It isn’t too often an entire receiving corps is turned over from one year to the next. In the case of the Oakland Raiders, it was a must after last season’s disastrous showing. Basically a year after Jon Gruden said Amari Cooper would be a focal point of his offense, only to trade him a handful of months later, the real focus of Gruden’s 2019 offense will be Antonio Brown.
Oakland beefed up its offensive line, and running back Josh Jacobs should provide respectability in the ground game after being one of the Raiders’ three first-round picks. Balance and stability will help keep defenses off of Derek Carr’s back every snap, which (obviously) helps out the entire receiving corps.
Brown was traded from the Pittsburgh Steelers following a contentious but highly productive 2018 campaign. He should be content in Oakland, at least for a year, with Gruden coddling him at every turn.
AB turns 31 years old on July 10. There is an elevated risk of injury, but he still has his quickness and is a hard worker away from the spotlight. In the last six seasons, Brown has registered at least 154 targets in Pittsburgh. Looking back at all of Gruden’s most-targeted receivers, the average is 126 looks. Removing two pathetic seasons in Tampa, where the top wideout saw 80 or fewer targets in each year, the average increases to 143. Tim Brown saw 153 targets in 1998 to lead the way, and Joey Galloway racked up 152 in 2005.
Looking at Brown’s six-year run of being the star we’ve come to expect, the stats average out to be 170 targets, 114 receptions, 1,524 yards (13.3/rec) and 11 scores. He set a career best with 15 touchdowns last year, and approaching his averages in his first year with the Raiders should be considered a major win. Using Brown’s data over this time at the 143 targets Gruden’s offenses have averaged, we’d be looking at a line of 96-1,274-9 … not too shabby, and well worthy of his current ADP (mid-Round 2 in both main scoring systems).
That is not to say regression from his averages aren’t ahead, but there’s little reason to believe he will take a major step backward. The offense will feature Brown, and the volume should remain high. Mind you, even that average-based projection is still a 15 percent decline in fantasy production from last year, and it assumes he plays one more game.
The No. 2 receiver in this offense will be former Los Angeles Charger Tyrell Williams. He brings a downfield presence in a 6-foot-4 frame. Gamers witnessed Williams stand out in 2016 when Keenan Allen went down early in the year. That season, Williams landed 69 of his 119 targets for 1,059 yards and seven scores in his first full season (played two games in 2015). In a lesser role, his final totals were remarkably consistent in each of the past two years, posting lines of 43-729-4 and 41-653-5, respectively, even if getting there was not evenly distributed.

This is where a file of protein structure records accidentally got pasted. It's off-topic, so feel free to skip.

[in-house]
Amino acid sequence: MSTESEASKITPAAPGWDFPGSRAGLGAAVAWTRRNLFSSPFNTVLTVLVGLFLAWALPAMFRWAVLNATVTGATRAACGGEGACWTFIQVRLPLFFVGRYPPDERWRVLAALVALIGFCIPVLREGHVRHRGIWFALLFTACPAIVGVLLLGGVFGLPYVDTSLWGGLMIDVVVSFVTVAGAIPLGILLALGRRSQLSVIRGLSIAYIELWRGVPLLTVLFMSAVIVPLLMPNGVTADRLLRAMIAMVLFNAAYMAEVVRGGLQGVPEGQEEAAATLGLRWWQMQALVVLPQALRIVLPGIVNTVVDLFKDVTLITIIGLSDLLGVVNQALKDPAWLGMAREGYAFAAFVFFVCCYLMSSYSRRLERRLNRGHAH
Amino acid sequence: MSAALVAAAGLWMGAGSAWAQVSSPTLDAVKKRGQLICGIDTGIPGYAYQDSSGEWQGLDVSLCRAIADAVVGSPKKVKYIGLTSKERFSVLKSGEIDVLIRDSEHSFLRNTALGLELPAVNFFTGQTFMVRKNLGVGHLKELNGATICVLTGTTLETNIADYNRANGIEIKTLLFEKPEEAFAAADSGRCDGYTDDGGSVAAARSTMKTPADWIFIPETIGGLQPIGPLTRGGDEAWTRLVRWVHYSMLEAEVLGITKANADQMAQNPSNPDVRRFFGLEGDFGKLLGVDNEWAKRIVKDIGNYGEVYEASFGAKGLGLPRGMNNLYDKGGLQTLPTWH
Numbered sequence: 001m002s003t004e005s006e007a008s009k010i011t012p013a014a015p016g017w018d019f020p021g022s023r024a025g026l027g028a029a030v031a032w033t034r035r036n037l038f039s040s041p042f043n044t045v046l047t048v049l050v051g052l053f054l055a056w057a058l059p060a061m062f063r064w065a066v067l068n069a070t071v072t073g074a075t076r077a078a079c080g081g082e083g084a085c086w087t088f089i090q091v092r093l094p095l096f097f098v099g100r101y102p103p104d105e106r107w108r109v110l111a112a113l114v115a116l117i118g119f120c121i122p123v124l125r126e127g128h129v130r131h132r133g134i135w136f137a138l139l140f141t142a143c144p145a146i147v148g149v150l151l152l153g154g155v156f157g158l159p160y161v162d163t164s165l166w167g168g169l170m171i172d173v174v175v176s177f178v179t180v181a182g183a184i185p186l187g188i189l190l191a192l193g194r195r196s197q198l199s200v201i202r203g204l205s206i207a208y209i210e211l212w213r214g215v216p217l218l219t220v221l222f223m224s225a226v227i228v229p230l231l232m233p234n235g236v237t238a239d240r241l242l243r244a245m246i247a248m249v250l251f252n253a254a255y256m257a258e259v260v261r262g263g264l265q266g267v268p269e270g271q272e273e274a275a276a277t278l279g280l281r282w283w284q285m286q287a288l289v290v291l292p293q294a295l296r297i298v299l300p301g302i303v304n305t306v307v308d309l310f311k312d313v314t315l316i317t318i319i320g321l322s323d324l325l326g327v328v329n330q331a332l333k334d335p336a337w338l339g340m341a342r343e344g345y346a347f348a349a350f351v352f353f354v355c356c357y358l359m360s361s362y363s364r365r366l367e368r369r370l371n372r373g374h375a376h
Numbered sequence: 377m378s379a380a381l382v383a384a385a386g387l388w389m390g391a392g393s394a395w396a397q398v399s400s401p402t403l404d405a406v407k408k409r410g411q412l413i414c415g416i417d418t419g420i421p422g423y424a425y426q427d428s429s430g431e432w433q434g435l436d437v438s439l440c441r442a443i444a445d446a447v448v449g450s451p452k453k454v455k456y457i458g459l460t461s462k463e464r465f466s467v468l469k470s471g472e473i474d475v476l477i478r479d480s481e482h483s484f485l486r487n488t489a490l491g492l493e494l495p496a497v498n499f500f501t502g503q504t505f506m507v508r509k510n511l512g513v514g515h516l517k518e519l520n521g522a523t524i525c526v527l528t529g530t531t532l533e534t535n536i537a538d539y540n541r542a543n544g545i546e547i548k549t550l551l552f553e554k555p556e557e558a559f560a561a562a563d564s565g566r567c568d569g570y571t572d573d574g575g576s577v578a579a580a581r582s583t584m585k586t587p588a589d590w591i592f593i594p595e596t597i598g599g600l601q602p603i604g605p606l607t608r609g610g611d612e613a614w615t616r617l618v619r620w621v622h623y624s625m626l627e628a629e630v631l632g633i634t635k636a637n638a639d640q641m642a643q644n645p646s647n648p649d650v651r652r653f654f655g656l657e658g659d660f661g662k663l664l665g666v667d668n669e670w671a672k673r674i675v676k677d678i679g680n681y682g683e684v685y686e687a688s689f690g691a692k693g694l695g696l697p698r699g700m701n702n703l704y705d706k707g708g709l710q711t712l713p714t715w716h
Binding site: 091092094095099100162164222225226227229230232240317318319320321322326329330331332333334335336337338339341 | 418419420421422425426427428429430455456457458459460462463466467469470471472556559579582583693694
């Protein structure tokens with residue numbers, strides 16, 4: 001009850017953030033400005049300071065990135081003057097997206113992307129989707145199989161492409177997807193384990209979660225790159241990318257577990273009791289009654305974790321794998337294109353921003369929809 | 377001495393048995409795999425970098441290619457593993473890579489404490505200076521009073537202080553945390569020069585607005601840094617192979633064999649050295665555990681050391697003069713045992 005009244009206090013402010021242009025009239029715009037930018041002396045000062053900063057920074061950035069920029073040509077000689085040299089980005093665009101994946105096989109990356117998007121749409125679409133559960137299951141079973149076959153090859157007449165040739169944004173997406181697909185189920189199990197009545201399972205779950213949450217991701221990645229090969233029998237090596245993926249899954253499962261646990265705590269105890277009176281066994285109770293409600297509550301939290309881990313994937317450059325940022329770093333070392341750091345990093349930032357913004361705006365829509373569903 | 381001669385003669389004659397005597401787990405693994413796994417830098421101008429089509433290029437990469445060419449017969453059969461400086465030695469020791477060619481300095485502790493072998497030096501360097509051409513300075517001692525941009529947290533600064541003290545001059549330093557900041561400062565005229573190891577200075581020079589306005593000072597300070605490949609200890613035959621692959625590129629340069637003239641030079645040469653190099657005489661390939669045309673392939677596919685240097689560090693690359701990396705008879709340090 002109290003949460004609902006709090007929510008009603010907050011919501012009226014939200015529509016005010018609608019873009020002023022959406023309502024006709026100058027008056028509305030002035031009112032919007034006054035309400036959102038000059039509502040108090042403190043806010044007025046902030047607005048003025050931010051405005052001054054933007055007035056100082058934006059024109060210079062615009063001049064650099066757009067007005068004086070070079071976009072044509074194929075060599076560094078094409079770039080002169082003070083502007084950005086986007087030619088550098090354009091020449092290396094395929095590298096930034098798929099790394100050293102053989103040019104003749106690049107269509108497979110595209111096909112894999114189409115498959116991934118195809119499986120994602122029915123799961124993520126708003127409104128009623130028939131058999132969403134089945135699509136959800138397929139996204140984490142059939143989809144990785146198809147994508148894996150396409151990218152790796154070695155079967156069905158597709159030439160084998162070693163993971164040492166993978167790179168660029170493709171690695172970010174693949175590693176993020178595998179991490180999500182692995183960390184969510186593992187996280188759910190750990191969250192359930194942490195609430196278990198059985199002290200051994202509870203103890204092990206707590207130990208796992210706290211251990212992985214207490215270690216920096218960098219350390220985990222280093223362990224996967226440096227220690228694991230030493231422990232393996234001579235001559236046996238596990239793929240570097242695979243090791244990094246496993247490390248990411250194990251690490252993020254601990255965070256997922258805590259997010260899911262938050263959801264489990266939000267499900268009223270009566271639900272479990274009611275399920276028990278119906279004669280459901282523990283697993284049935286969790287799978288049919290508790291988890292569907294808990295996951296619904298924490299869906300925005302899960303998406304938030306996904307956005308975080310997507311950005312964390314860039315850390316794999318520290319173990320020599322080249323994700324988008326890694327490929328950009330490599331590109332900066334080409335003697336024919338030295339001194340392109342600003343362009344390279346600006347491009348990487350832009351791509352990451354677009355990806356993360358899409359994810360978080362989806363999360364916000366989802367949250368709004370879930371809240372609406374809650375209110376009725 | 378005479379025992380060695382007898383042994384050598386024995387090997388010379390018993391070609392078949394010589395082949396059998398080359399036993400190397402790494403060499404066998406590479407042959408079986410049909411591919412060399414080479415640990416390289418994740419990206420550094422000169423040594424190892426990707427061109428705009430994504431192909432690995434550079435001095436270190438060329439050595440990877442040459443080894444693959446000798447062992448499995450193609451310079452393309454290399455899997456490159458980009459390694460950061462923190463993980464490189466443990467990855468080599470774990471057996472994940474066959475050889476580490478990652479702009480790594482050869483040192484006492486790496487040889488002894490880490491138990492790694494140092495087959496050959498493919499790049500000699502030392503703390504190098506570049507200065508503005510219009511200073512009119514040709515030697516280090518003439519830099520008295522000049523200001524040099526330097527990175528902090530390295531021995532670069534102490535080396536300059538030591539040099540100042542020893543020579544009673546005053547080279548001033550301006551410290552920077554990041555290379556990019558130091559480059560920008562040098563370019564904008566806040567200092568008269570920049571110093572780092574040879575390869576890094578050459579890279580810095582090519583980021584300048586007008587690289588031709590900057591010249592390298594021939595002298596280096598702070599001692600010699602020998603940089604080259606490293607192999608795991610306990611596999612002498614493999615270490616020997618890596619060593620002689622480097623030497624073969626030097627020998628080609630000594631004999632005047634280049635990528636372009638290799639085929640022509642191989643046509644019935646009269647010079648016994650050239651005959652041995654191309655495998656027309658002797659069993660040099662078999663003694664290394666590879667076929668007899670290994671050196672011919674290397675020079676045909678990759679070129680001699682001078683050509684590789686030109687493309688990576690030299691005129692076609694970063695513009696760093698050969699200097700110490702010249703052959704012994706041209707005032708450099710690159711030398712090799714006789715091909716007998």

Players of his nature tend to be streaky, and Williams’ history is no different. In 2016, he scored twice in the first eight games before rattling off a TD in four straight outings, only to score once in the final month of the season. Williams sprinkled three of his four TDs in ’17 over the last six contests. Last year, after finding the end zone in the Chargers’ season-opener, he scored his four other touchdowns in three consecutive games before going scoreless from Week 10 on.
Gruden has tried to incorporate a downfield asset in all of his offenses through the years. We’ve seen guys, like Galloway and James Jett, have relatively productive seasons as WR2 targets. Williams is among the best deep threats in the game right now, averaging at least 15.3 yards per grab in each of the past three years. The volume of targets won’t be special, barring an injury to Brown, so it will be incumbent on Williams to make the most out of each reception to achieve maximum fantasy returns.
Speedy deep threat J.J. Nelson comes from Arizona and will contend for the primary slot job. His main competition is rookie Hunter Renfrow and veteran Ryan Grant, whose one-year stopgap in Indy didn’t exactly parlay into a prominent role after a few flashes with the Washington Redskins. Nelson’s best year was 2016 (34-568-6), but he landed only seven balls in 2018 after failing to endear himself to the new coaching staff. At 5-foot-10 and just 160 pounds, Nelson is not built for consistent use in the slot. Grant is built more like a running back and has the most game experience, although it hasn’t translated into on-field production. He’s not explosive but offers mostly reliable hands. Renfrow is the wild card of the trio. While he was clutch for Clemson, he is still a rookie.
Fantasy football outlook
Brown is a rock-solid WR1 in any format, albeit with a little more risk given the new quarterback, offensive system and his age. He’s a transcendent talent whose game fits any offense or era.
Williams is a popular sleeper of late, and he’s going in middle of Round 13 of non-PPR leagues, which is where gamers will find his optimal worth. The PPR counterparts have chosen him, on average, a more than round earlier, with the 12:01 pick. Inconsistency could be a factor for those in weekly matchup leagues; he’s a fine target in best-ball formats.
None of the other receivers are worth drafting in typical league designs but could offer something off of the waiver wire with a break in their favor.
Carr is good enough to keep AB afloat in fantasy, and his arm is lively enough to take advantage of Williams’ wheels. The lack of a defense suggests Oakland will be slinging the ball often in 2019.